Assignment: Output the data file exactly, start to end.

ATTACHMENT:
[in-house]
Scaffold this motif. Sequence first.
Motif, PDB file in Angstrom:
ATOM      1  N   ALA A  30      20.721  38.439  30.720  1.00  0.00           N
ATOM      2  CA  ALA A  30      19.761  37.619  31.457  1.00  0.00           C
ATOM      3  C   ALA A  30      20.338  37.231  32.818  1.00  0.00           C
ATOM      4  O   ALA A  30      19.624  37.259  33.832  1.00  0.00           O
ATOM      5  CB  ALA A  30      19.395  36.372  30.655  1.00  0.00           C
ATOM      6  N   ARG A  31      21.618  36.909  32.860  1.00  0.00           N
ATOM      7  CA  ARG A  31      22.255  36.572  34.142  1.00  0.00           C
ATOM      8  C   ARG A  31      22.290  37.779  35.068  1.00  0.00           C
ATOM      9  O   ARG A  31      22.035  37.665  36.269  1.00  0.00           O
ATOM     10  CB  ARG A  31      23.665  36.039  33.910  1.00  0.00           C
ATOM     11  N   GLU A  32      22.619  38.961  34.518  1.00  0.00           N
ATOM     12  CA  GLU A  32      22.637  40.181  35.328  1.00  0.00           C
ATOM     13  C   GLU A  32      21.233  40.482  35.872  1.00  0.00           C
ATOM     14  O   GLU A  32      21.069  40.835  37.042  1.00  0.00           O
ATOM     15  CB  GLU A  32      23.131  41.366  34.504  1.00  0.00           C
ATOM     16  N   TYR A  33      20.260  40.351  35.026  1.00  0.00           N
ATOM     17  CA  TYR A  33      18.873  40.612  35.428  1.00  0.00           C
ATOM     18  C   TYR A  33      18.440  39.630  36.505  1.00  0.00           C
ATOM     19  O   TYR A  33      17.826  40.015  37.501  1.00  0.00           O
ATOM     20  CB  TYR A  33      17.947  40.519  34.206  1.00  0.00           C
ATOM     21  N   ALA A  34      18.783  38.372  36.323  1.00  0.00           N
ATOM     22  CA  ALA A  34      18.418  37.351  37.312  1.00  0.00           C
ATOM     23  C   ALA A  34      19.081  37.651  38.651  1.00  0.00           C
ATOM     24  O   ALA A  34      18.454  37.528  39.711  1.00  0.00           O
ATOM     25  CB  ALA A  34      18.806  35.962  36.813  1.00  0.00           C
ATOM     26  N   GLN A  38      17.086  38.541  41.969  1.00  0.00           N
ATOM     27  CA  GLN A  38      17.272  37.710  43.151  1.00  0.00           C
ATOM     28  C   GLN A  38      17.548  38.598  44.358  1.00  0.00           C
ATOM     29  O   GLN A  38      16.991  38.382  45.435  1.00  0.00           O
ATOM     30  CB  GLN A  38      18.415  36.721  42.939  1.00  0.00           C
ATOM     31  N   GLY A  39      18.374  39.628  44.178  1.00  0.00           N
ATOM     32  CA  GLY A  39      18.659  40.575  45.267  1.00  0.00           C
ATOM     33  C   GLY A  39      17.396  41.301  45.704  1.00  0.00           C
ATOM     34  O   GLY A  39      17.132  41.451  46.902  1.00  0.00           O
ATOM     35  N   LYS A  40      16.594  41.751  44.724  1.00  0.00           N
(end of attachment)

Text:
[in-house]
Scaffold this motif. Sequence first.
Motif, PDB file in Angstrom:
ATOM      1  N   ALA A  30      20.721  38.439  30.720  1.00  0.00           N
ATOM      2  CA  ALA A  30      19.761  37.619  31.457  1.00  0.00           C
ATOM      3  C   ALA A  30      20.338  37.231  32.818  1.00  0.00           C
ATOM      4  O   ALA A  30      19.624  37.259  33.832  1.00  0.00           O
ATOM      5  CB  ALA A  30      19.395  36.372  30.655  1.00  0.00           C
ATOM      6  N   ARG A  31      21.618  36.909  32.860  1.00  0.00           N
ATOM      7  CA  ARG A  31      22.255  36.572  34.142  1.00  0.00           C
ATOM      8  C   ARG A  31      22.290  37.779  35.068  1.00  0.00           C
ATOM      9  O   ARG A  31      22.035  37.665  36.269  1.00  0.00           O
ATOM     10  CB  ARG A  31      23.665  36.039  33.910  1.00  0.00           C
ATOM     11  N   GLU A  32      22.619  38.961  34.518  1.00  0.00           N
ATOM     12  CA  GLU A  32      22.637  40.181  35.328  1.00  0.00           C
ATOM     13  C   GLU A  32      21.233  40.482  35.872  1.00  0.00           C
ATOM     14  O   GLU A  32      21.069  40.835  37.042  1.00  0.00           O
ATOM     15  CB  GLU A  32      23.131  41.366  34.504  1.00  0.00           C
ATOM     16  N   TYR A  33      20.260  40.351  35.026  1.00  0.00           N
ATOM     17  CA  TYR A  33      18.873  40.612  35.428  1.00  0.00           C
ATOM     18  C   TYR A  33      18.440  39.630  36.505  1.00  0.00           C
ATOM     19  O   TYR A  33      17.826  40.015  37.501  1.00  0.00           O
ATOM     20  CB  TYR A  33      17.947  40.519  34.206  1.00  0.00           C
ATOM     21  N   ALA A  34      18.783  38.372  36.323  1.00  0.00           N
ATOM     22  CA  ALA A  34      18.418  37.351  37.312  1.00  0.00           C
ATOM     23  C   ALA A  34      19.081  37.651  38.651  1.00  0.00           C
ATOM     24  O   ALA A  34      18.454  37.528  39.711  1.00  0.00           O
ATOM     25  CB  ALA A  34      18.806  35.962  36.813  1.00  0.00           C
ATOM     26  N   GLN A  38      17.086  38.541  41.969  1.00  0.00           N
ATOM     27  CA  GLN A  38      17.272  37.710  43.151  1.00  0.00           C
ATOM     28  C   GLN A  38      17.548  38.598  44.358  1.00  0.00           C
ATOM     29  O   GLN A  38      16.991  38.382  45.435  1.00  0.00           O
ATOM     30  CB  GLN A  38      18.415  36.721  42.939  1.00  0.00           C
ATOM     31  N   GLY A  39      18.374  39.628  44.178  1.00  0.00           N
ATOM     32  CA  GLY A  39      18.659  40.575  45.267  1.00  0.00           C
ATOM     33  C   GLY A  39      17.396  41.301  45.704  1.00  0.00           C
ATOM     34  O   GLY A  39      17.132  41.451  46.902  1.00  0.00           O
ATOM     35  N   LYS A  40      16.594  41.751  44.724  1.00  0.00           N